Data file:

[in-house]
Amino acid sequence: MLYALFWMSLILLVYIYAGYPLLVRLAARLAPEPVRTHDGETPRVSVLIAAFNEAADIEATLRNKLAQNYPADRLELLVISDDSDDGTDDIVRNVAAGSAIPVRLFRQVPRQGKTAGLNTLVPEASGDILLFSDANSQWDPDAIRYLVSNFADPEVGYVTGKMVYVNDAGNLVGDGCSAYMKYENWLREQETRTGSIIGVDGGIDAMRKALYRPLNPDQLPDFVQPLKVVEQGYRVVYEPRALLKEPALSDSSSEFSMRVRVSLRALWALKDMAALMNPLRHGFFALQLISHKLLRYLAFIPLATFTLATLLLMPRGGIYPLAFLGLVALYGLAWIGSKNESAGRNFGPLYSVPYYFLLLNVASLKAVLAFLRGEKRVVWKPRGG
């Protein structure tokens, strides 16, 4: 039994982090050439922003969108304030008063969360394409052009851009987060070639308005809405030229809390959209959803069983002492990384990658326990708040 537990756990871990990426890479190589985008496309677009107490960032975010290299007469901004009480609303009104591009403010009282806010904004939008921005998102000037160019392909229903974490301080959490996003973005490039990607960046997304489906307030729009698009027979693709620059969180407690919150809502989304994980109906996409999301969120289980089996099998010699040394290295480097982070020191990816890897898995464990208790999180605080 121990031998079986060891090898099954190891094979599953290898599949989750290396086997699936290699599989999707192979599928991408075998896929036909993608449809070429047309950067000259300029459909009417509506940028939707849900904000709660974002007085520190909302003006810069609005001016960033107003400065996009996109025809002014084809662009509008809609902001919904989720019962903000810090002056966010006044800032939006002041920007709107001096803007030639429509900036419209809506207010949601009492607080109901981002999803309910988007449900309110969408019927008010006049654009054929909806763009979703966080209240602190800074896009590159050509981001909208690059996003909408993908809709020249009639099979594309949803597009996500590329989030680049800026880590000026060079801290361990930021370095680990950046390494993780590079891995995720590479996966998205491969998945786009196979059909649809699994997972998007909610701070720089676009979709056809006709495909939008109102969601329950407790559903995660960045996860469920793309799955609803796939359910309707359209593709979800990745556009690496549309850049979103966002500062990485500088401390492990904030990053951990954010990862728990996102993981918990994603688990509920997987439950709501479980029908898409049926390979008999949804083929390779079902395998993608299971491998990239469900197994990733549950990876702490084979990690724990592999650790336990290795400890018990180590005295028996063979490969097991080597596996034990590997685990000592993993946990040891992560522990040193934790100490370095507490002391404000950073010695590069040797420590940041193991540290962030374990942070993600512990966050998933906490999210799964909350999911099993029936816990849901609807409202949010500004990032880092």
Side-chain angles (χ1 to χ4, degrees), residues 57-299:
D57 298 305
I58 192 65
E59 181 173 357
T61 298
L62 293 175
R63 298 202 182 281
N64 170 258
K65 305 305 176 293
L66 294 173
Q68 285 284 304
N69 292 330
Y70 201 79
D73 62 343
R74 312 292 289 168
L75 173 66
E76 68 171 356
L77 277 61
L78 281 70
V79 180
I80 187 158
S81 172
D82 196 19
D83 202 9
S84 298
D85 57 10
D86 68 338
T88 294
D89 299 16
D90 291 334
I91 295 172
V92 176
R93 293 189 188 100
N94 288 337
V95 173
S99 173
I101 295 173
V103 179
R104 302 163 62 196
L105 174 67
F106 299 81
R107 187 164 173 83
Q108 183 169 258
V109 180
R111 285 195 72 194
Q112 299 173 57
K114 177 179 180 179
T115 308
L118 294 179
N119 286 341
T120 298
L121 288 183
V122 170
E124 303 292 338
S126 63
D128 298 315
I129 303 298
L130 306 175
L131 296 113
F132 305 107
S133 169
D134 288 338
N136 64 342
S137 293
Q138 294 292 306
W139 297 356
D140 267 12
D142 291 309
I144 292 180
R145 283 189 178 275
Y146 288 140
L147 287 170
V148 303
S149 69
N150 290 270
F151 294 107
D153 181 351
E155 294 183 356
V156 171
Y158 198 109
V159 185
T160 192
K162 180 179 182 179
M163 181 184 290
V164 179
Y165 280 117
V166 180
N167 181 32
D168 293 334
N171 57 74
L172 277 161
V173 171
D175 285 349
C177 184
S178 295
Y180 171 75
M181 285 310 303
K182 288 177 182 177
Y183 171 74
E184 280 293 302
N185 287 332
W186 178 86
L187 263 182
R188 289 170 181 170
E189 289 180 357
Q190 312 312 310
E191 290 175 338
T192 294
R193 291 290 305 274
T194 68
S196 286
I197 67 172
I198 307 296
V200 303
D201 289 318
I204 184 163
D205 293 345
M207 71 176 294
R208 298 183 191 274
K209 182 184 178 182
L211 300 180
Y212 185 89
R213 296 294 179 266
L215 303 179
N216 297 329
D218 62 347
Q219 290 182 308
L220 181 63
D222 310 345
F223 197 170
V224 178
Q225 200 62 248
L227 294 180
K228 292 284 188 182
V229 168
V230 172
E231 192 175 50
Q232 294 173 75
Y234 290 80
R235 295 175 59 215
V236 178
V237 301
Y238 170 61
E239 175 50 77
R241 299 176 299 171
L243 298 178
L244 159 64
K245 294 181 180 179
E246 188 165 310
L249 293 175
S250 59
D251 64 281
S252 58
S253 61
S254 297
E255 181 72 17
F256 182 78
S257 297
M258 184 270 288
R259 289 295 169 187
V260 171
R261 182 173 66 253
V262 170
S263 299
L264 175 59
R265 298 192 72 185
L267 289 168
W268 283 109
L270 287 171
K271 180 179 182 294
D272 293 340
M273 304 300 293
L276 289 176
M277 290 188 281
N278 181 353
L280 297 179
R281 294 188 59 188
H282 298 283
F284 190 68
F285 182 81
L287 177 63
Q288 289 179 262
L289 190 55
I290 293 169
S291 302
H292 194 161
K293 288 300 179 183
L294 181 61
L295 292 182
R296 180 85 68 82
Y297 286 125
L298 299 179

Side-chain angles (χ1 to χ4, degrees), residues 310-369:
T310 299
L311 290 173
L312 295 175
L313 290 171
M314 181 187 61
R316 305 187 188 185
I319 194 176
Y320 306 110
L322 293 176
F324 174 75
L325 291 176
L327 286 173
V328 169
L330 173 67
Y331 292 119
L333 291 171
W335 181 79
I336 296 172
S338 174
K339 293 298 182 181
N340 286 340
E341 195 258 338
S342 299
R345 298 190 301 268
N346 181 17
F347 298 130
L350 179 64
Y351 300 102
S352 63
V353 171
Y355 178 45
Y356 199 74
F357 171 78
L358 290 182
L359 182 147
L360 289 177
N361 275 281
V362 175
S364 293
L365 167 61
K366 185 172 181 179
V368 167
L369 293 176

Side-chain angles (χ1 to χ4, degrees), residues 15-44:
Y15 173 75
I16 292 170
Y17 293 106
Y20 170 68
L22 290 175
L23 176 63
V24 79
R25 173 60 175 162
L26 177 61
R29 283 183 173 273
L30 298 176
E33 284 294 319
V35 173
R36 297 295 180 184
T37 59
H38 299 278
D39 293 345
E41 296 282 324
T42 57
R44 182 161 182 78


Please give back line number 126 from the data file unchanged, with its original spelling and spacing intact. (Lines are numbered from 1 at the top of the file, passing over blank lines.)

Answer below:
R213 296 294 179 266